Contributor, Korn Ferry Institute
Emotionally Intelligent Teamwork
Daniel Goleman, author of the bestseller “Emotional Intelligence,” is a regular contributor to Korn Ferry.
Karen was a new executive vice president. Her track record was strong, and she had a knack for keeping teams productive. She was a pacesetter through and through, aiming high, establishing tight deadlines, and demanding that her team keep up. So why weren't her new subordinates matching the pace?
As an executive at a software company, Karen's job fell firmly in the "knowledge work" classification. Her productivity related entirely to the efficient processing of information, rather than production or manufacturing of goods.
But here’s the paradox about so-called knowledge work. Despite the name, academic knowledge turns out to be less important for productivity than social smarts. IQ, of course, gets seen as a critical competency for hiring in the tech world, but research shows that Emotional Intelligence (EI) is often a greater predictor of success.
Consider a macro-trend in business: Collaboration across diverse teams is becoming more common as project management tools are integrated into corporate structures. It's becoming almost unusual to see corporate silos now, as matrixed environments spread across functions and divisions.
Karen, that new EVP, had missed one of the first steps in building a team: establishing productive norms - a process that demands EI competencies. In a classic study done at Bell Labs, researchers found that working groups and teams develop their own level of EI competence based on the capabilities each team member brings and exercises. Further research by my colleague Vanessa Druskat, a professor at the University of New Hampshire, shows that all teams have implicit norms, but high-performing teams are intentional when it comes to setting, agreeing to, and being accountable to those norms.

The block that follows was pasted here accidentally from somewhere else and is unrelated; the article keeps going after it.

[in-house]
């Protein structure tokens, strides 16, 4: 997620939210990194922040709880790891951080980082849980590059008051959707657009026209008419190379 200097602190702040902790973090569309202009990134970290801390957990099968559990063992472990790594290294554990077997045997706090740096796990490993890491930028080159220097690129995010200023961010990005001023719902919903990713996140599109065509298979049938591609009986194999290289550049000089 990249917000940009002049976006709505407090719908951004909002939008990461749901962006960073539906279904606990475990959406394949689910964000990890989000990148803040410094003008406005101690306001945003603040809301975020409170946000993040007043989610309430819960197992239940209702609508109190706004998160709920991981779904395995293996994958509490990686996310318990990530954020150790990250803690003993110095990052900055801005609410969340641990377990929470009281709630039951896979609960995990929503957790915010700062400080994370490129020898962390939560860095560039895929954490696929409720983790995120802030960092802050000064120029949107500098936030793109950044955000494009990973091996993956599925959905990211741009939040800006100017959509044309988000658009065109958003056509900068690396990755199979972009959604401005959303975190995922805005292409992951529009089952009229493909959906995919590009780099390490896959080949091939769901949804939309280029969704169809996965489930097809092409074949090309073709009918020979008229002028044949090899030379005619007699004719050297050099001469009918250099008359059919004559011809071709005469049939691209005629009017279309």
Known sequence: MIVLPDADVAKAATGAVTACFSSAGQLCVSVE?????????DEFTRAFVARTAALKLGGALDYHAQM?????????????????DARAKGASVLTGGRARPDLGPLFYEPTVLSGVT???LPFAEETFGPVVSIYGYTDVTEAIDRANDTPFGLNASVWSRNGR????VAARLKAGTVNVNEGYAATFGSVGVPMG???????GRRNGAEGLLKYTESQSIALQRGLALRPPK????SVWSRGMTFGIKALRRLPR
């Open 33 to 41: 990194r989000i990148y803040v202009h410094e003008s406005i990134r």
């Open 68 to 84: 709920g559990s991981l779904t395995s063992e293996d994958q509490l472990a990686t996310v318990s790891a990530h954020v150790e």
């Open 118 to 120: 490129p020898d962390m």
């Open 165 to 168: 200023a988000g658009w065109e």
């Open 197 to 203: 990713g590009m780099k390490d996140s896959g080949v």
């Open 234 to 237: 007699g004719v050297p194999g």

EI can be seen as a set of skills that lubricate effective interaction, all the more so when team members form their group identity. During their initial interactions, conscious and subconscious assessments are made, "rules of engagement" emerge, and the team establishes norms. In the best cases, when all team members have strong EI skills, the norms build around three pillars:
Karen's pacesetting style prevented the team from taking the time to gain Interpersonal Understanding, fundamental to establishing norms. Without a sense of how your teammates operate and approach problems, there's no chance to consider how they can be most productive.
Once the groundwork of Interpersonal Understanding falls into place, teams need to develop systems to deal with Counterproductive Behavior. Perhaps someone procrastinates, or is too bossy. By understanding one another, the likelihood of hurt feelings or surprising aggression is lessened. If an established norm dictates that after follows public disagreements or other transgressions a private conversation ensues, where two parties are expected to find a solution, then the entire team can rest assured knowing that the counterproductive behavior will be addressed and that harmony will be restored one way or another.
With such norms in place, a team can Self-Evaluate, policing itself for norm violations and diminished productivity. Members are free to call out problems.
Bottom line: The team Karen led was dysfunctional because the team’s members didn’t know how to interact with one another. Frustrations were vented through passive aggression, and the stress of difficult deadlines led to finger pointing. To get things back on track she needed to encourage and facilitate conversations within her team, so they could get to know one another and start developing their collective EI. Once productive team norms emerged, Karen would be able to get back to strategic leadership as the team sets and plays by the rules they've written.